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Given real numbers $a_1,...,a_n \geq 0$, partition them into groups, so that the total product of each group's sum is maximal: $$M = (a_{i_{1,1}} + ... + a_{i_{k_1,1}}) \cdot ... \cdot (a_{i_{1,l}} + ... + a_{i_{k_l,l}}$$ You may put the numbers in any order, but each number has to come up exactly once.

Example: Given $0,1,1,2,2,3,4$, we can find their maximum to be $108 =(0+1+2)\cdot(1+2)\cdot(3)\cdot(4)$.

I was already able to prove that if each number is $\geq 2$, we just multiply up all numbers (so each group just gets a single number), and if the total sum of all numbers is $\leq 4$, we sum all numbers up (so put all numbers in a single group). I also know that $M \leq e^\frac{S}{e}$, where $S$ denotes the total sum of all numbers, and this upper bound is exactly matched if all group sums are equal to $e$.

A good strategy seems to be to get each groups sum as close as possible to $e$ or even more precisely, if $s$ denotes the sum of a group, get $\frac{s}{e^\frac{s}{e}}$ as close as possible to $1$, but I just can't seem to find a method that works general and that isn't super inefficient like just trying out all possible combinations. Maybe someone knows a method?

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  • $\begingroup$ Could you please provide an example where the getting closest to e strategy isn't optimal? It seems to work for all the cases I've tried and the cases you mention $\endgroup$
    – TheJack
    Aug 15, 2023 at 12:39
  • $\begingroup$ Or are you just looking for an algorithm that best approximates e in each group? $\endgroup$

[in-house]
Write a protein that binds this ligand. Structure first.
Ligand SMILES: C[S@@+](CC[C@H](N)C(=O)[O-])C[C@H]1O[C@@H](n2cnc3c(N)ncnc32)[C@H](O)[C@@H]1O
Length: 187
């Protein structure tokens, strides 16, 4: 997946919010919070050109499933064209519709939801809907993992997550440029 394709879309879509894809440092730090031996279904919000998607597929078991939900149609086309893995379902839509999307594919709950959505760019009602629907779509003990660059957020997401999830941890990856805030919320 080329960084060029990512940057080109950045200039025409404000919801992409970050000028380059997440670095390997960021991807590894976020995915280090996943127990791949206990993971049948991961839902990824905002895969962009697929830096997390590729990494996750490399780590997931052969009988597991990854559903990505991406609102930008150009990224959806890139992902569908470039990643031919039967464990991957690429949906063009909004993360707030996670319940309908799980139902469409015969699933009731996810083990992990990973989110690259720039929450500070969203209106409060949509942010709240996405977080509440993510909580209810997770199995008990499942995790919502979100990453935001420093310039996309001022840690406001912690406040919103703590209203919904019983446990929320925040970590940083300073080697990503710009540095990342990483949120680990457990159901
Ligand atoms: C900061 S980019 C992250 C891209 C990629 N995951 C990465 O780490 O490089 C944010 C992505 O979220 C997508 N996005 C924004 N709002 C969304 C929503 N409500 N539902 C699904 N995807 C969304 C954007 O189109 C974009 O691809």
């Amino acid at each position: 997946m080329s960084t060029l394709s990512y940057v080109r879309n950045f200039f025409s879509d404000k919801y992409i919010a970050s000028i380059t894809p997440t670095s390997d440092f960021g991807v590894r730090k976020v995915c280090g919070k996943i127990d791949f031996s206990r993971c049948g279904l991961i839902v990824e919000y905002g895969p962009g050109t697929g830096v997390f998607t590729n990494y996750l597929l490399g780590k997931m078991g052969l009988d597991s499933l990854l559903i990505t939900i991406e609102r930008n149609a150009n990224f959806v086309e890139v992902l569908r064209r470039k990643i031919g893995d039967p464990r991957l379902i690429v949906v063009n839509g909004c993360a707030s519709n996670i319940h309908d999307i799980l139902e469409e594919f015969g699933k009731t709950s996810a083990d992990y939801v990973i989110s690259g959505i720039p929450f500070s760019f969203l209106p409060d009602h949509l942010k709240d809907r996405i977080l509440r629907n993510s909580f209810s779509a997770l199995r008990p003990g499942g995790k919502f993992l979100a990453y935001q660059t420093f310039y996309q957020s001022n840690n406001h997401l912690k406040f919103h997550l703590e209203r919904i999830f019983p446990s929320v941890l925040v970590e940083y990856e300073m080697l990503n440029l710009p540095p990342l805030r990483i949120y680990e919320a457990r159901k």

– TheJack
    Aug 15, 2023 at 12:40
  • $\begingroup$ Take 1, 1, e/2, e/2 for example, then is it better to get the exact match for one group and have (1+1)(e/2+e/2), or is it better even it out and have (e/2+1)(e/2+1)? For small numbers you can just try out all combinations, but now take an array of hundreds of different small numbers numbers, then it's not so simple anymore and each number could go anywhere. Yes I'm looking for an algorithm to get the maximum possible value. Approximating each group to e was just a suggestion, but that alone doesn't give you a complete algorithm yet that works generally in all cases $\endgroup$
    – Orbit
    Aug 15, 2023 at 12:55
  • $\begingroup$ @Henriksupportsthecommunity well 1+e is closer to e then the 1 and e case since e-1>1...but yeah I understand this strategy doesn't seem to work in every case $\endgroup$
    – TheJack
    Aug 15, 2023 at 12:58
  • $\begingroup$ (I deleted my first comment because it was only partially written, when something happened that caused it to be send) How do you measure (and compare) closeness to $e$ for multiple sets? For the set $\{1, e\}$, your own conclusion shows that the maximum is $1+e$ by putting all the numbers in one group, whose sum is $1+e$. The other option has one group with a sum closer to $e$ (the sum is $e$) and one group with a sum ($1$) further from $e$ than the optimal solution. $\endgroup$ Aug 15, 2023 at 13:05

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An exact solution is NP Hard.

Let’s restrict to the case where the sum of all numbers in the set is $2e$. Then, you need to need to partition the set into two subsets whose sum is as close as possible to each other. This is known as the partition problem (https://en.m.wikipedia.org/wiki/Partition_problem) and is NP-hard.

You can do reasonably well with approximation algorithms like Greedy.

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